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Securing Your Wireless Network

Posted by cotojo on September 20, 2007


Working from home while using a wireless local area network (WLAN) may lead to theft of sensitive information and hacker or virus infiltration unless proper measures are taken.

As WLANs send information over radio waves, someone with a receiver in your area could be picking up the transmission, therefore gaining access to your computer. They could load viruses on to your computer which could be transferred to other computers on your network.

Up to 75 per cent of WLAN users do not have basic security features installed, while 20 per cent are left completely open with the default configurations.

It is recommended that wireless router/access point setup be always done though a wired client.

You can setup your security by follow these steps:

Change default admin password on wireless router/access point to a secured password.

Change your WEP keys periodically.

Change the channel your router uses to transmit and receive data on a regularly basis.

Use encryption such as WEP and WPA. If equipment does not support at least 128-bit WEP encryption, consider replacing it.

Change the default SSID on your router/access point to a hard to guess name. Setup your computer device to connect to this SSID by default.

Setup router/access point not to broadcast the SSID. The same SSID needs to be setup on the client side manually. This feature may not be available on all equipment.

Block anonymous Internet requests or pings.

On each computer having a wireless network card, network connection properties should be configured to allow connection to Access Point Networks Only.

Computer to Computer (peer to peer) Connection should not be allowed. Enable MAC filtering. Deny availability to your wireless network for unspecified MAC addresses.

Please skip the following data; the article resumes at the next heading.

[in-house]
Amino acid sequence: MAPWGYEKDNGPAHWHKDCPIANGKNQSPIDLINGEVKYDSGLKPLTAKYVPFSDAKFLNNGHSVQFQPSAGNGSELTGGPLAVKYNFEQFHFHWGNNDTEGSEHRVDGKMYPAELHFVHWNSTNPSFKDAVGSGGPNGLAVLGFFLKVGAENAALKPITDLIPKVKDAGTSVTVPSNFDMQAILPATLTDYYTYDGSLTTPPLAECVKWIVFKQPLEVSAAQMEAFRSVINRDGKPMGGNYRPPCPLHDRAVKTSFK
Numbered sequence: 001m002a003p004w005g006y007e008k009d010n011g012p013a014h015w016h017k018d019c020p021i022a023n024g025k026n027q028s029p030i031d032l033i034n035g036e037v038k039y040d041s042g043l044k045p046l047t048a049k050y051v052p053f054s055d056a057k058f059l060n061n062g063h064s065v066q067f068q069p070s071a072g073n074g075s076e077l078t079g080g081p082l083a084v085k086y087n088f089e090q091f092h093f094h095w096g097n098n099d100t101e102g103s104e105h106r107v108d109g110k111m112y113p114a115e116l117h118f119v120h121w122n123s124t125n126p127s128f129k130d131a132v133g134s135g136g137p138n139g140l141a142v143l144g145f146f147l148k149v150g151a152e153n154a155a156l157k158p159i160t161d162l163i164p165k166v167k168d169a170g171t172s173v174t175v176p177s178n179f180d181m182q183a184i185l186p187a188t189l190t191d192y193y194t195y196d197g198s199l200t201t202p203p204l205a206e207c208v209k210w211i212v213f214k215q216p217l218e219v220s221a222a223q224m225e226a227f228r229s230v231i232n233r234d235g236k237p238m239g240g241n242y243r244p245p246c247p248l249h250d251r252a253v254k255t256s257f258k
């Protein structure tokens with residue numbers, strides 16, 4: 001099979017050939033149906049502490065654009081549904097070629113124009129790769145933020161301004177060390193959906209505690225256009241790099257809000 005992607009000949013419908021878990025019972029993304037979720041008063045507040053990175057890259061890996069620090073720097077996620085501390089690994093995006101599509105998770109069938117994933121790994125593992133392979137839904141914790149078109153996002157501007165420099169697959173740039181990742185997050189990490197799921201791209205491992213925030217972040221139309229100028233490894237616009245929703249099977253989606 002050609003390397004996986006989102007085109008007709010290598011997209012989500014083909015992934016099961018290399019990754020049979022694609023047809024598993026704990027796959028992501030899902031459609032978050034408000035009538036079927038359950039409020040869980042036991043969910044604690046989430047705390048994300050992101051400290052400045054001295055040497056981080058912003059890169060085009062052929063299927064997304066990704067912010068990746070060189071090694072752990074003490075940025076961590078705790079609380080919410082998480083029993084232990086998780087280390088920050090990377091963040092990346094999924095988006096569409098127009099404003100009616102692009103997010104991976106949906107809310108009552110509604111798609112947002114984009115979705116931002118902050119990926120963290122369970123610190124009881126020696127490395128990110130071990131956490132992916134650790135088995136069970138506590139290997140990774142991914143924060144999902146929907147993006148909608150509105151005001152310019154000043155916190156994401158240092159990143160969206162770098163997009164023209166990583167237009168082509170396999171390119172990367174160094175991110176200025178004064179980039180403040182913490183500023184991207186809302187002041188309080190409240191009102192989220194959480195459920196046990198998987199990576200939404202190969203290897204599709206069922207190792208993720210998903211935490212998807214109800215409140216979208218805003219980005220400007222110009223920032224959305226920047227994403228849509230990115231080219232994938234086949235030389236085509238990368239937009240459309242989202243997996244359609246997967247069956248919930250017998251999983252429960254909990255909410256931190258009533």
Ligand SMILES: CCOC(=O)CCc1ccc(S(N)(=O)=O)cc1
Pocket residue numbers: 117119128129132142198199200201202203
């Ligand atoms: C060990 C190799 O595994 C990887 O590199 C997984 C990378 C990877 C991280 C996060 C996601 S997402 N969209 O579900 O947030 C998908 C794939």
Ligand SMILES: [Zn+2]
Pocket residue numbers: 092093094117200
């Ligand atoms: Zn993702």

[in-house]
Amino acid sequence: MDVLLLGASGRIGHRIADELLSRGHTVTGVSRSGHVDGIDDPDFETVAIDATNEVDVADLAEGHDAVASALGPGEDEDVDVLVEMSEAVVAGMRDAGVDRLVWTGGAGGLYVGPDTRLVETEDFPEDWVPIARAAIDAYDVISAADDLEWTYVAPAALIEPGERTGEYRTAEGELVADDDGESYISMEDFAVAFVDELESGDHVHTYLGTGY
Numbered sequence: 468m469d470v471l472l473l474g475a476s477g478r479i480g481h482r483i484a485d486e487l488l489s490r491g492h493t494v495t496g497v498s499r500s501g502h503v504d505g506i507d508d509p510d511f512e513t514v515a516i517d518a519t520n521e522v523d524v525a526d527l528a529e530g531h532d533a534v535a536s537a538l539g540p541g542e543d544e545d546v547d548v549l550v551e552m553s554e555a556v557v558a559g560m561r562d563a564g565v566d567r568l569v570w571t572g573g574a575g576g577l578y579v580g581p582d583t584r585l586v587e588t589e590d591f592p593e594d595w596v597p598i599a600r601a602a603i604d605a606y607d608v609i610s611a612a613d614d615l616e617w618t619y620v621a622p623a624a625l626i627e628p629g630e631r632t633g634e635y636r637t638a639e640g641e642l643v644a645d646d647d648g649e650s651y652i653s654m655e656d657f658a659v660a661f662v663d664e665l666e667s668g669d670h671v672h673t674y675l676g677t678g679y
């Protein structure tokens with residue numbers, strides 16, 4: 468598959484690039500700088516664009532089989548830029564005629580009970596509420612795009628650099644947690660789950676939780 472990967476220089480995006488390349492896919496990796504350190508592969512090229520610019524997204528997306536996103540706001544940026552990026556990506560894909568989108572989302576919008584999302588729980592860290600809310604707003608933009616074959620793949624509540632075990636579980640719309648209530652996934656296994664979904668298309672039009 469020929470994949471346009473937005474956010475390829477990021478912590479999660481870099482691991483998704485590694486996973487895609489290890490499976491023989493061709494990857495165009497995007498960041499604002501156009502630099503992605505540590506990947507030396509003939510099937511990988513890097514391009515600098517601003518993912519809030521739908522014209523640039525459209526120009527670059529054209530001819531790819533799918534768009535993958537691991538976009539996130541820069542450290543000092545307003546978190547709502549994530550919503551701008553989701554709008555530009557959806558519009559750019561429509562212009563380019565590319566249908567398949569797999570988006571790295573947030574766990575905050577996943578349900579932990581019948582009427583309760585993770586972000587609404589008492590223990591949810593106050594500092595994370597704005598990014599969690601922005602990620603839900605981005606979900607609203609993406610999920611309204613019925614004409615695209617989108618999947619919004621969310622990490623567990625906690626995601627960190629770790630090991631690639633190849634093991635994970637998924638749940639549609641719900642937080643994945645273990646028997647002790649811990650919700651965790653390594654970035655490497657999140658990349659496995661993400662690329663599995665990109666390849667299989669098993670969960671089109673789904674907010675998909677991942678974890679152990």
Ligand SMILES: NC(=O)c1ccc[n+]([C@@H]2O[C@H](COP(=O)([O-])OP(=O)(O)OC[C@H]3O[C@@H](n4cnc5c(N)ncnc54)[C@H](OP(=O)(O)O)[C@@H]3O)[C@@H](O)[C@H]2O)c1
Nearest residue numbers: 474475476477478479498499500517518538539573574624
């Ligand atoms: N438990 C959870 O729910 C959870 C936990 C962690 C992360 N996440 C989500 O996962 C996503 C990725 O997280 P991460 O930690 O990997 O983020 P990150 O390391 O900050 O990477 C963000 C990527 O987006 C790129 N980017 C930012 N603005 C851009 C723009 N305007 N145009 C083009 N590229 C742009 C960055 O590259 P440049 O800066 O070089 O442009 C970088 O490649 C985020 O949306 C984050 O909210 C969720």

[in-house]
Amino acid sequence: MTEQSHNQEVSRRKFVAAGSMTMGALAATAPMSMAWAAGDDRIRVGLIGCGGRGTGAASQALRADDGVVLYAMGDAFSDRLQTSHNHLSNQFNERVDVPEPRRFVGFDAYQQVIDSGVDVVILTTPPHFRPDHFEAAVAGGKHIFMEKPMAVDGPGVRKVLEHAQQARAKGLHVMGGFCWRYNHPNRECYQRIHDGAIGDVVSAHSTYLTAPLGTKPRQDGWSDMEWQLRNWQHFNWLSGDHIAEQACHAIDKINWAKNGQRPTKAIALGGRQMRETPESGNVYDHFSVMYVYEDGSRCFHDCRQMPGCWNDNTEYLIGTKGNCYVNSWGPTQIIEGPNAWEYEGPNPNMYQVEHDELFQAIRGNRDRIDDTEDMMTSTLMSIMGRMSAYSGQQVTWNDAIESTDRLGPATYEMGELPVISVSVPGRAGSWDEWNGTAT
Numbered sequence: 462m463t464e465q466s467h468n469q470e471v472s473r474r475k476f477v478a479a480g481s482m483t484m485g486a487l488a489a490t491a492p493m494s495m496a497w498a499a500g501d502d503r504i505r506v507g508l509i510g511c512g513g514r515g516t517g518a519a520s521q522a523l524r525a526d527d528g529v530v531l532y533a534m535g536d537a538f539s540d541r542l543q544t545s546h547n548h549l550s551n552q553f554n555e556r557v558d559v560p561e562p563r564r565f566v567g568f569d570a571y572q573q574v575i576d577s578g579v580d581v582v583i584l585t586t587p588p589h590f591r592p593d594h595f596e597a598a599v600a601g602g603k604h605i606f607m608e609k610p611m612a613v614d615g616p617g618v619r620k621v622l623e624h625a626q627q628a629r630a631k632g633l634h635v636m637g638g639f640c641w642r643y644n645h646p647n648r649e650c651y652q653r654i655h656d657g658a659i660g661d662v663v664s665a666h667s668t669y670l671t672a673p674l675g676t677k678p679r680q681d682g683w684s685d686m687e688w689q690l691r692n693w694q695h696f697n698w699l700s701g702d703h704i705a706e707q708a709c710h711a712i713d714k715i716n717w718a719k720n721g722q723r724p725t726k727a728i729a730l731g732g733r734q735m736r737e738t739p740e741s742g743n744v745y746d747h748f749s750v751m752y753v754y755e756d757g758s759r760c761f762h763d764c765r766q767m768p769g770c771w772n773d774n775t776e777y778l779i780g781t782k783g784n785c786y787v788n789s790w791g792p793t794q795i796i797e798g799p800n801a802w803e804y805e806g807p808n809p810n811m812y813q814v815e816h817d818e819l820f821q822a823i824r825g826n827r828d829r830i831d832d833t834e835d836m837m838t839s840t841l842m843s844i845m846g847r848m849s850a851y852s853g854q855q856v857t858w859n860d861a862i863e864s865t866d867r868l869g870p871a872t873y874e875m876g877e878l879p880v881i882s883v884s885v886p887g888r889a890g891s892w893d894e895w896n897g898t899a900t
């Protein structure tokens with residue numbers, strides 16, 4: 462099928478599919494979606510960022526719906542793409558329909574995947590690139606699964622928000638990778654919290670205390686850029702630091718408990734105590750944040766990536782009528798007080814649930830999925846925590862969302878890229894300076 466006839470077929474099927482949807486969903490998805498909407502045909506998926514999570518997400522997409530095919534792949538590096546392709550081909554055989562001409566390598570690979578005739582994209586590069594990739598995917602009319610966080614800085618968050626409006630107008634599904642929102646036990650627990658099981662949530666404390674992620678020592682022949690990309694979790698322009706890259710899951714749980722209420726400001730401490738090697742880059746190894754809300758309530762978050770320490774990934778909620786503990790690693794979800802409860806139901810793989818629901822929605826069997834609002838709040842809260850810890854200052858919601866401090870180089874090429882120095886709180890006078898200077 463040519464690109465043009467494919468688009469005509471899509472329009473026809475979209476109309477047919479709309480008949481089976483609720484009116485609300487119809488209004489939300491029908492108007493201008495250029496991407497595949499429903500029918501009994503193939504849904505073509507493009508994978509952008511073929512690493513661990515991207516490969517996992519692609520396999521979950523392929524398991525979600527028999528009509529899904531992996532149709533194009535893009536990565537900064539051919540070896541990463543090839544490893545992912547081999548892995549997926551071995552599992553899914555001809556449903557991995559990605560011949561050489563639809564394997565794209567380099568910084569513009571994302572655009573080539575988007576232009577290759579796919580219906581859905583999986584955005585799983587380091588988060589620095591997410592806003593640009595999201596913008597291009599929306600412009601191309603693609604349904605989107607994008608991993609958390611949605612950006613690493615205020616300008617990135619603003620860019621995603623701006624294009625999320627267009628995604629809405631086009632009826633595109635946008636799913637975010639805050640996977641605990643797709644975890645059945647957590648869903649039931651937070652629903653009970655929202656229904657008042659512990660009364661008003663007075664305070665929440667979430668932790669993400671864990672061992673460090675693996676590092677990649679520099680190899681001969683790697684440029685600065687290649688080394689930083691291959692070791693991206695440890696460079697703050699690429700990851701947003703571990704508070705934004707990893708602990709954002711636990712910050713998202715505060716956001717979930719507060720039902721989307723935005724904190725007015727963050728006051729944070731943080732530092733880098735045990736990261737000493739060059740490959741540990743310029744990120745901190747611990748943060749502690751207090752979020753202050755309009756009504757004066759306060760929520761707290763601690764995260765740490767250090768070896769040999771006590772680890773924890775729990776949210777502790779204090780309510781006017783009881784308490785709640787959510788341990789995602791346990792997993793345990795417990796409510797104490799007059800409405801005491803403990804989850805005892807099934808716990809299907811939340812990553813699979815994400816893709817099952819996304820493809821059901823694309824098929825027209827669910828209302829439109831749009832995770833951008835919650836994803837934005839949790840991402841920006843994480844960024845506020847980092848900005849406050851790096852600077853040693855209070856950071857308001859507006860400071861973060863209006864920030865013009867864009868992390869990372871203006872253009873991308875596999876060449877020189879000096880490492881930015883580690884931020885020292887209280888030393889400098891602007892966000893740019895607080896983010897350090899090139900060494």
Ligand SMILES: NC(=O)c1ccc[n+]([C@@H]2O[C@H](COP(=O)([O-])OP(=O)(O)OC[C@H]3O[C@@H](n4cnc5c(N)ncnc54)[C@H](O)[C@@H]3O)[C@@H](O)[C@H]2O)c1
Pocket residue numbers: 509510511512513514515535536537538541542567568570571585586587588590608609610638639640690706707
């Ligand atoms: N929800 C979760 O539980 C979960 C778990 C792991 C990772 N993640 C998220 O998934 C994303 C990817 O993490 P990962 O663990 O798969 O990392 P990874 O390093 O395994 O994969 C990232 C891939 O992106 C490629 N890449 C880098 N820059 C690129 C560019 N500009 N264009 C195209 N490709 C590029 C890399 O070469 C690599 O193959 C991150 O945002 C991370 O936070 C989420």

Mac or Physical addresses are available through your computer device network connection setup and they are physically written on network cards.

When adding new wireless cards / computers to the network, their MAC addresses should be registered with the router /access point.

Network router should have firewall features enabled and demilitarized zone (DMZ) feature disabled.

All computers should have a properly configured personal firewall in addition to a hardware firewall. You should also update router/access point firmware when new versions become available.

There is no guarantee of a full protection of your wireless network, but following these suggested tips can definitely lessen your risk of exposing to attackers aiming at insecure networks

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7 Responses to “Securing Your Wireless Network”

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  6. cotojo said

    Sandy – It depends on which router you are using. The access settings in browser address are 192.168.1.1 for Linksys, 192.168.1.0 for D-Link, 192.168.2.1 for Belkin. For others you can search online for manufacturers access codes.

    Once logged in you need to ensure that under Firewall MAC Address Filtering is enabled, WAN Ping is Blocked.

    If you are running Windows (any version) and have a separate Firewall, go to Start > All Programs > Accessories > System Tools > Security Center and ensure that the windows firewall is off.

    If you don’t have a separate firewall ensure it is on and in ‘Advanced’ Tab ensure 1394 Connection and Local Area Connection are ticked.

    If you have a separate Firewall, ZoneAlarm, MacAfee, Norton, ensure that the IP Address is entered for your Network Connection. It will usually be something like 192.168.2.3/255.255.255.0
    There should also be a LoopBack Adapter IP address similar to 127.0.0.1

    There is a program that will set all of this up for you, details at Wireless Network Magic

    Hope this helps 🙂

    Colin

  7. Thanks for this. What does it mean when the warning pops up to say there is no firewall in place? How do they function that this can happen? I though I had them, and then the AVG warning came on. Simple me, I just don’t get it.

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